Permanently exiled from his beloved Massachusetts to spend the rest of his life as an alien in the English nation whose authority he had tried to uphold, Thomas Hutchinson, the historian and last civilian royal governor of Massachusetts, seems to embody the image of the Loyalists of the American Revolution as "losers." Paralyzed by his conservative ideology and his dual loyalties to America and Britain, Hutchinson has seemed for modern scholars to epitomize the tragic fate of the many Loyalists marginalized by their attachment to an outmoded imperial structure at a time when the modern nation-state appeared to be in the process of supplanting earlier imperial forms. Yet Hutchinson's work as a historian suggests that the Loyalist historians were more versatile and in tune with the prevailing intellectual currents of their time than the image of them as losers has assumed. Grappling with the same issues that engaged the leading Enlightenment historians of his time—namely, how to integrate their ideal of philosophical history with the classical tradition of exemplary history and their commitment to antiquarian scholarship—Hutchinson used the footnotes in his History of Massachusetts-Bay to bring together these different genres of historical writing. As he did so, Hutchinson expressed an impartial and cosmopolitan outlook that enabled him at once to transcend and to mediate between his colonial and imperial loyalties. Thus, the apparent colorlessness and incoherence of Hutchinson's history were actually the product of his effort to negotiate between both his colonial and imperial loyalties and conflicting definitions of history as a discipline.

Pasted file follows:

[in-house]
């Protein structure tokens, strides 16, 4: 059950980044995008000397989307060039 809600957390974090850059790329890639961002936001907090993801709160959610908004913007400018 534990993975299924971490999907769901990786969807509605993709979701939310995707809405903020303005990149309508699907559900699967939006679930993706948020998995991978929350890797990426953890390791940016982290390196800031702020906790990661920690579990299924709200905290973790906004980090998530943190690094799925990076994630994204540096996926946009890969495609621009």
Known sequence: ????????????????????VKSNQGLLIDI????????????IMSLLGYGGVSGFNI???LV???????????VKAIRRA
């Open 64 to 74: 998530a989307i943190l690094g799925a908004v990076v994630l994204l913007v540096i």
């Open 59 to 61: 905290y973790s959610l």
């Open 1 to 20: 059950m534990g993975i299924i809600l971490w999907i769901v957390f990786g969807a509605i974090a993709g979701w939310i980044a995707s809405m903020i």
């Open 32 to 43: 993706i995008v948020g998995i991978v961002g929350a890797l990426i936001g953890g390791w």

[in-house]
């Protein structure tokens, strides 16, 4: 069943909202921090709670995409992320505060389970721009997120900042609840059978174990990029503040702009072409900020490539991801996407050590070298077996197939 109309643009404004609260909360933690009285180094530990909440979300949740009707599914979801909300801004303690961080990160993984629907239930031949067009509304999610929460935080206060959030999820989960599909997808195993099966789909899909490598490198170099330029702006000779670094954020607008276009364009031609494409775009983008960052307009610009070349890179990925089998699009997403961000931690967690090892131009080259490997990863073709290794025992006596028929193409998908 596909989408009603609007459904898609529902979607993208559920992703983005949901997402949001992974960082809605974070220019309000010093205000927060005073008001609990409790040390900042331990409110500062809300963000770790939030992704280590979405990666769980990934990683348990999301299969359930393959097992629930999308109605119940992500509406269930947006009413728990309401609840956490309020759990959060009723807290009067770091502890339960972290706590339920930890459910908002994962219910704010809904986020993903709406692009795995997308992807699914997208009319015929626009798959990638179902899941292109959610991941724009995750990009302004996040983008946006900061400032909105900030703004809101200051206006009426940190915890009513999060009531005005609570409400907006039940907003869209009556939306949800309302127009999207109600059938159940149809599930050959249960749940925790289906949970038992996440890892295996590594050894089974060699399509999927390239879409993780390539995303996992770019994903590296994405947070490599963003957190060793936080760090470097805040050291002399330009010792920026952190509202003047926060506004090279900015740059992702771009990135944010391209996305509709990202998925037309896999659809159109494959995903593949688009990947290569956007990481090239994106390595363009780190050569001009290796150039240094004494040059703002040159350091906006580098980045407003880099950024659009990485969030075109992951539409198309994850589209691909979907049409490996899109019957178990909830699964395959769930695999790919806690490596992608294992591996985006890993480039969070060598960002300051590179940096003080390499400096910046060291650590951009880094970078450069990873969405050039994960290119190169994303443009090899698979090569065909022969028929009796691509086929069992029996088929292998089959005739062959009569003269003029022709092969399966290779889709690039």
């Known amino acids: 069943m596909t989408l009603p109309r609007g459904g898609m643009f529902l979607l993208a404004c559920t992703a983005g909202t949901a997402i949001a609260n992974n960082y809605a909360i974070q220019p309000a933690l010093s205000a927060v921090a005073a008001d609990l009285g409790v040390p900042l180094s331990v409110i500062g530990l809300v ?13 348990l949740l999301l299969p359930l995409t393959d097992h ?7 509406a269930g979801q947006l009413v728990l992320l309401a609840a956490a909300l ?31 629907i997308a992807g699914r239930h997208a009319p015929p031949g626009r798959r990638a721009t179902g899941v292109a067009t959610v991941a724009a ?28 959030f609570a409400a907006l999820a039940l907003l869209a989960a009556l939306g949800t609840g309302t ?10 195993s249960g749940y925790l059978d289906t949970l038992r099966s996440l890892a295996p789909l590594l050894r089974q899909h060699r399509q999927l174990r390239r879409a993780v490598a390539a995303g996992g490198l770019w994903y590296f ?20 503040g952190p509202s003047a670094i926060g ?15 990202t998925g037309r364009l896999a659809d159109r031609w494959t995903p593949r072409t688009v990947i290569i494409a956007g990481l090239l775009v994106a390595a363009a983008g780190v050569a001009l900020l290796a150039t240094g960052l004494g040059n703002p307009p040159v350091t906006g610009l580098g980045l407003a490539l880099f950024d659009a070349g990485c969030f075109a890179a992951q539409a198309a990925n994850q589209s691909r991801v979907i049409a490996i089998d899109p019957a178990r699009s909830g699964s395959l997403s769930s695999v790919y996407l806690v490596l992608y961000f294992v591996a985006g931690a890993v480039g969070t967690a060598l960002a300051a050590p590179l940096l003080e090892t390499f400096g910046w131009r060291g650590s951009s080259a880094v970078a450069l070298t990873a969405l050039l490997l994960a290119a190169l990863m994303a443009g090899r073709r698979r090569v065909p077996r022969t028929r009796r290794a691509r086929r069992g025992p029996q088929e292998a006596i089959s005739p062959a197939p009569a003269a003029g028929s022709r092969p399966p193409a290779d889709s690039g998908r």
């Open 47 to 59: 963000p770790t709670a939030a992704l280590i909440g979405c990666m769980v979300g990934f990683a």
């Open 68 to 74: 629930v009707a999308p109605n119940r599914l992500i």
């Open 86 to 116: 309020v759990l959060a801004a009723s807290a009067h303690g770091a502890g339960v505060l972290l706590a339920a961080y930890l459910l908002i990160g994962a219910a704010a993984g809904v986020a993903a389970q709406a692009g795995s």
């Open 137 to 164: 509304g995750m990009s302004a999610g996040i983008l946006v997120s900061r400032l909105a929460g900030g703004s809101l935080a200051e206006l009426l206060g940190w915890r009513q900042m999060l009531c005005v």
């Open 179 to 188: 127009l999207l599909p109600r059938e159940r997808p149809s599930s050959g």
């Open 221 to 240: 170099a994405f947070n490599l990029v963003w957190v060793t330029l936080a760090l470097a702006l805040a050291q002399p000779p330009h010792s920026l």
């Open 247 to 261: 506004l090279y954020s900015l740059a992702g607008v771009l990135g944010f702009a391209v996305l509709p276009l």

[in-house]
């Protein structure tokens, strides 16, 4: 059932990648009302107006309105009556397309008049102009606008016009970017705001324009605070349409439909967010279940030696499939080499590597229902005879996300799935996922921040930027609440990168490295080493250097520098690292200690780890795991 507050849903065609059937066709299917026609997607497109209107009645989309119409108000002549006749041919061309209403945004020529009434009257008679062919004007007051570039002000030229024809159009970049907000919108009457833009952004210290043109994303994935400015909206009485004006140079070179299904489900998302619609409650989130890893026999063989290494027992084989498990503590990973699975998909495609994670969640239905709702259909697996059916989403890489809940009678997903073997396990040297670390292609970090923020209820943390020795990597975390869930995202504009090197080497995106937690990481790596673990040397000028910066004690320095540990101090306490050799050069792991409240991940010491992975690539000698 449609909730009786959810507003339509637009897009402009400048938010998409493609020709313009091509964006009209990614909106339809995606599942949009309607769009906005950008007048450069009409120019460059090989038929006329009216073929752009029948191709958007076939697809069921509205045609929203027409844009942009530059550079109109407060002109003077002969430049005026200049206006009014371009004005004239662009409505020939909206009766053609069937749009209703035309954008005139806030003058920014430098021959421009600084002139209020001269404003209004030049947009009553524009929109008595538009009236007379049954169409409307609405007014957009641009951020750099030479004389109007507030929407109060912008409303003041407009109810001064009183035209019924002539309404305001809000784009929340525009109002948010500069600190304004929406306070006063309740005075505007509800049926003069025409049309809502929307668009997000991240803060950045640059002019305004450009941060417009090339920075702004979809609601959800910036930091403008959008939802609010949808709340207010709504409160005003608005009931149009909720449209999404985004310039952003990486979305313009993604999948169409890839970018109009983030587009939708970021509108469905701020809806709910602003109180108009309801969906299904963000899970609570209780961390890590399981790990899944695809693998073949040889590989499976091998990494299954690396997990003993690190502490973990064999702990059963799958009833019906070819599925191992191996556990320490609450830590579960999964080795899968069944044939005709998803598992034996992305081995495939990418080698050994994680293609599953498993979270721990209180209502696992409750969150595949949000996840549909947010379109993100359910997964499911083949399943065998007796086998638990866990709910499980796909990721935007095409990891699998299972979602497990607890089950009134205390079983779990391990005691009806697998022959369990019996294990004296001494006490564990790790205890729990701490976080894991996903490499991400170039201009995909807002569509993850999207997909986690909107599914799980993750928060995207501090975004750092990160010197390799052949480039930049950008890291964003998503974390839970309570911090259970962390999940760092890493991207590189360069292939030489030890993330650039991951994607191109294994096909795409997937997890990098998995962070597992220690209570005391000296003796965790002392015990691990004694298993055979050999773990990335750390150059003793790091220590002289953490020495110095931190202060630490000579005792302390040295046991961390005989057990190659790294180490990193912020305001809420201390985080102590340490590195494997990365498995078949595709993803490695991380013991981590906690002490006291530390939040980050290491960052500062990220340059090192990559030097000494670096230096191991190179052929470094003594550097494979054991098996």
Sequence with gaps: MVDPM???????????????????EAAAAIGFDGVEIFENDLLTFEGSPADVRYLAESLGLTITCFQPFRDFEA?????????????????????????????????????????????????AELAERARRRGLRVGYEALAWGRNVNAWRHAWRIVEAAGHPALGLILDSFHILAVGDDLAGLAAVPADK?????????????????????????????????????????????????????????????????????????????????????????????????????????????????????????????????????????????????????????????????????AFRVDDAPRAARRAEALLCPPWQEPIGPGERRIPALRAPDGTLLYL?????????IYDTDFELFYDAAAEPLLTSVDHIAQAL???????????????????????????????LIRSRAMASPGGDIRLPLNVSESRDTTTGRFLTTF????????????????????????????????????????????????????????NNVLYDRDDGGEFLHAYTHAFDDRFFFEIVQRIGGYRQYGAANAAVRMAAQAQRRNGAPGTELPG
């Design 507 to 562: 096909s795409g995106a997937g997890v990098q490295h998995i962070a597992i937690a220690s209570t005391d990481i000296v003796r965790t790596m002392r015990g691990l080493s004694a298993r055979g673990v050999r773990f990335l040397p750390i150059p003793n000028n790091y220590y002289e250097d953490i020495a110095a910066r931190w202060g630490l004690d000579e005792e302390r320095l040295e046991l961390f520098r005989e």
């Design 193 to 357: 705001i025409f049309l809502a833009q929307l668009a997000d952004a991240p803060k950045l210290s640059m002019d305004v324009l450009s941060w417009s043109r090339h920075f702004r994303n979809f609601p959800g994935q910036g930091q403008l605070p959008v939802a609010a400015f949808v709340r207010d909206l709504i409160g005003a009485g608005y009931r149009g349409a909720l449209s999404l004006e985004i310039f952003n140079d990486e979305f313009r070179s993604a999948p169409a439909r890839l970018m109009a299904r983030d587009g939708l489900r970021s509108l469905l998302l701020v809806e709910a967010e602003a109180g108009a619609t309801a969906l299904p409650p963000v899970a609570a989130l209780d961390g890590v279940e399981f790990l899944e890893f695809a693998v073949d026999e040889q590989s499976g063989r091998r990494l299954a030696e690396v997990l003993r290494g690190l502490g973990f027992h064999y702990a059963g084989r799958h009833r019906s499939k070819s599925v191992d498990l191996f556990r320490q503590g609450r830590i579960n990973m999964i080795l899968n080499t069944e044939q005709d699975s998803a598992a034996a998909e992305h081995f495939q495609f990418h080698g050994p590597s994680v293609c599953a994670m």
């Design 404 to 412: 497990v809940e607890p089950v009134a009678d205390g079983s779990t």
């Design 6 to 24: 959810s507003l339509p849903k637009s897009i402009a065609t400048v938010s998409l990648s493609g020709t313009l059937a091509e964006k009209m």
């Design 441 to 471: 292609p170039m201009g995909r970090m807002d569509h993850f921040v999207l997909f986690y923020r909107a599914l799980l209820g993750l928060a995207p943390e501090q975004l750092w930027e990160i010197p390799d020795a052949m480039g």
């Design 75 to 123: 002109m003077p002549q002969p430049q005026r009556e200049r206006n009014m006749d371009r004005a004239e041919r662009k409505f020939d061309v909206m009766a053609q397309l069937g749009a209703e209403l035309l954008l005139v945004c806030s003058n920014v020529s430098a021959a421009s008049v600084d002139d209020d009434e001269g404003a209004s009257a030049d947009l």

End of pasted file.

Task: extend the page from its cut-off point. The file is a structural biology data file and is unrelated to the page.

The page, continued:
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pp. 98-116
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